Looking in more detail, consider those startups that went from unprofitable in 2019 to profitable in 2020 or that achieved an increase of at least 0.20 in their ratios of income to revenues between the two years. These startups are listed in the table below, along with their quarterly income since the fourth quarter of 2019.

If a startup is making progress towards profitability, we would expect them to show continuous increases in their ratios of income to revenues, and not just a one or two quarter improvement during the most severe months of the lockdown, when people were willing to pay almost anything for food, cloud computing, mattresses, exercise bikes, and other products and services.

The table below shows that most startups achieved one or two quarters in increases (figures highlighted in red), and not a series of increases that would suggest strong trends toward profitability.

Lemonade, Sumo Logic, Cloudera, Door Dash, Dropbox, and Fiverr are the most conspicuous with big reductions in losses for the second and/or third quarters of 2020, but then increases in the fourth quarter. Somewhat better, Peloton and Wafair show a bigger trend towards profitability but still declining results in the last one or two quarters of 2020.

A lack of continuous improvement in profitability throughout 2020 suggests that the ratio of losses to revenues for these startups may not improve once the lockdowns are over and ratios for some startups may even worsen.

Table: Recent Profitability for Selected Unicorn Startups (Improvements in Red)

The best results, showing continuous improvements in ratios of income to revenues, can be seen for Zoom, Purple Innovation, Snap, Fiverr, and Social Sprout. Zoom is clearly far ahead of the others with rising profits while Purple Innovation’s improvements in profitability are much more modest. The others experienced improvements in profitability, but they still have losses greater than 10% of revenues.

Overall, these data suggest that most Unicorn startups will struggle to achieve profitability in the future and thus the small percentage of Unicorn startups currently profitable (about 10%) presented at the beginning of the article, will probably not change much in the near future. The percent profitable may rise to 15% or 20%, but not much higher without dramatic changes in technology or scale.

The startups that were profitable in 2019 but went unprofitable in 2020 (Oportun, Square, and Sunrun) may return to profitability, but some of those who became profitable in the first two or three quarters of 2020 (Peloton, Purple Innovation, Wayfair, Dropbox) may become unprofitable after the lockdowns end.  Those experiencing continuous reductions in ratios of losses to revenues such as Snap and Social Sprout may also achieve profitability in the near future.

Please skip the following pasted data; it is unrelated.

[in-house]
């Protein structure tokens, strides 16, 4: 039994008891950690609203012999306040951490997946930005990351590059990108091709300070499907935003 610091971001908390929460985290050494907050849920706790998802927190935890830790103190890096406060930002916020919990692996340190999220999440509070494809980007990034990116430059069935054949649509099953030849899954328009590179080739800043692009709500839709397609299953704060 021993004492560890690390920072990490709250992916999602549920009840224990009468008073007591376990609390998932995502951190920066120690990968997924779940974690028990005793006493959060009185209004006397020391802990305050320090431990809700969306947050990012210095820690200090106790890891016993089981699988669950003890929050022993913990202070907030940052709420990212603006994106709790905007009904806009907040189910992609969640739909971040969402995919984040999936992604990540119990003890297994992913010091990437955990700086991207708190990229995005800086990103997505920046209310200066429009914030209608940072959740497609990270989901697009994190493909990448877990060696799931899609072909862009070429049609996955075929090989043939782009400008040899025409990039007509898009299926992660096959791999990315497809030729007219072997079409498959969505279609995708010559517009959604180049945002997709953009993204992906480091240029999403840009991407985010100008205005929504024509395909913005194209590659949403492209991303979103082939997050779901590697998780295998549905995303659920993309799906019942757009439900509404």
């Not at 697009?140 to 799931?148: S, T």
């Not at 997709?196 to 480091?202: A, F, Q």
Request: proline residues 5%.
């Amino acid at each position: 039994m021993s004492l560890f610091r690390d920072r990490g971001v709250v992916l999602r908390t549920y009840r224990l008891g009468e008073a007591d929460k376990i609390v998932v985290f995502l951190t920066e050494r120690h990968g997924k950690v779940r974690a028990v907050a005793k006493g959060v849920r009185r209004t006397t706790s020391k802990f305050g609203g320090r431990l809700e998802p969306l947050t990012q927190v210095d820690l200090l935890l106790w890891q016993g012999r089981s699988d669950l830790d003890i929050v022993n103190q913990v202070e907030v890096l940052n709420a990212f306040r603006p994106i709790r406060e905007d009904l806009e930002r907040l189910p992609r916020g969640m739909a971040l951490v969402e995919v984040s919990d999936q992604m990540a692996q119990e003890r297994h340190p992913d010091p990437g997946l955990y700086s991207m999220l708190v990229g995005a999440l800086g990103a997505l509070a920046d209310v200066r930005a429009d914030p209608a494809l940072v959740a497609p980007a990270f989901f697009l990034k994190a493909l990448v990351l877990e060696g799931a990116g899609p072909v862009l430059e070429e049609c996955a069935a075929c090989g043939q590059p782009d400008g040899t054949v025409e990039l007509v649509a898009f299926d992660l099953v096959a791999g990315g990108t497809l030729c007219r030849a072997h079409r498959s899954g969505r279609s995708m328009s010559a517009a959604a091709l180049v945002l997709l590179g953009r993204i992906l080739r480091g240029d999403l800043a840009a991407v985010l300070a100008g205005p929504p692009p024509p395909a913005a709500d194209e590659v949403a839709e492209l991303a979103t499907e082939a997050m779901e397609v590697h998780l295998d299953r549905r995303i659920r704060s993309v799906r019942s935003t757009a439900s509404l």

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  1. vlade

    Hmm. I have an issu with the study, which is using “profitability”.

    That’s not because I’d think there’s all well in the unicorn land, but because the author selects to joust on the startup’s battlefield, which is bad. A simple rejoinder to the “profitability” become “we’re investing, so we can’t be profitable!”. Which is usually hard to disapprove from simple revenues/profitability numbers.

    A better measure is free-cashflow. If a company has a billion valuation, but no free cashflow, then it’s basically burning through cash, and one has to look deeper to see whether it can ever be profitable (cf Uber, which can’t because the fixed costs scale with revenue – but that needs a deeper analysis).

    If it has free cashflows, then a company can be fundamentally profitable even if it’s not profitable on paper.

    I don’t believe Uber had free cashflows ever (excluding one-off gains from selling stuff).

    There are still subtleties you need to take into account (constant investment will eat into free cashflow too), but IMO it’s still much better than looking at accounting profitability.

    1. Thuto

      Agreed, if for nothing else but to counter the well worn “we are reinvesting in growth” retort favoured by startup founders when asked about profitability. Although it can be a double edged sword, I would add operating leverage as key metric to a deeper level analysis of a company’s prospects.

  2. BrianM

    I’m tempted to say it was ever thus – from railroads in the 19th Century to the overinvestment in internet at the turn of the millenium, investors have been happy to fund speculative investments. The likes of Amazon and Facebook together with a surfeit of capital seem to be setting the tone: the important thing is growth, which will allow profits to come along in due course. Profit metrics are not what investors are looking at for these companies.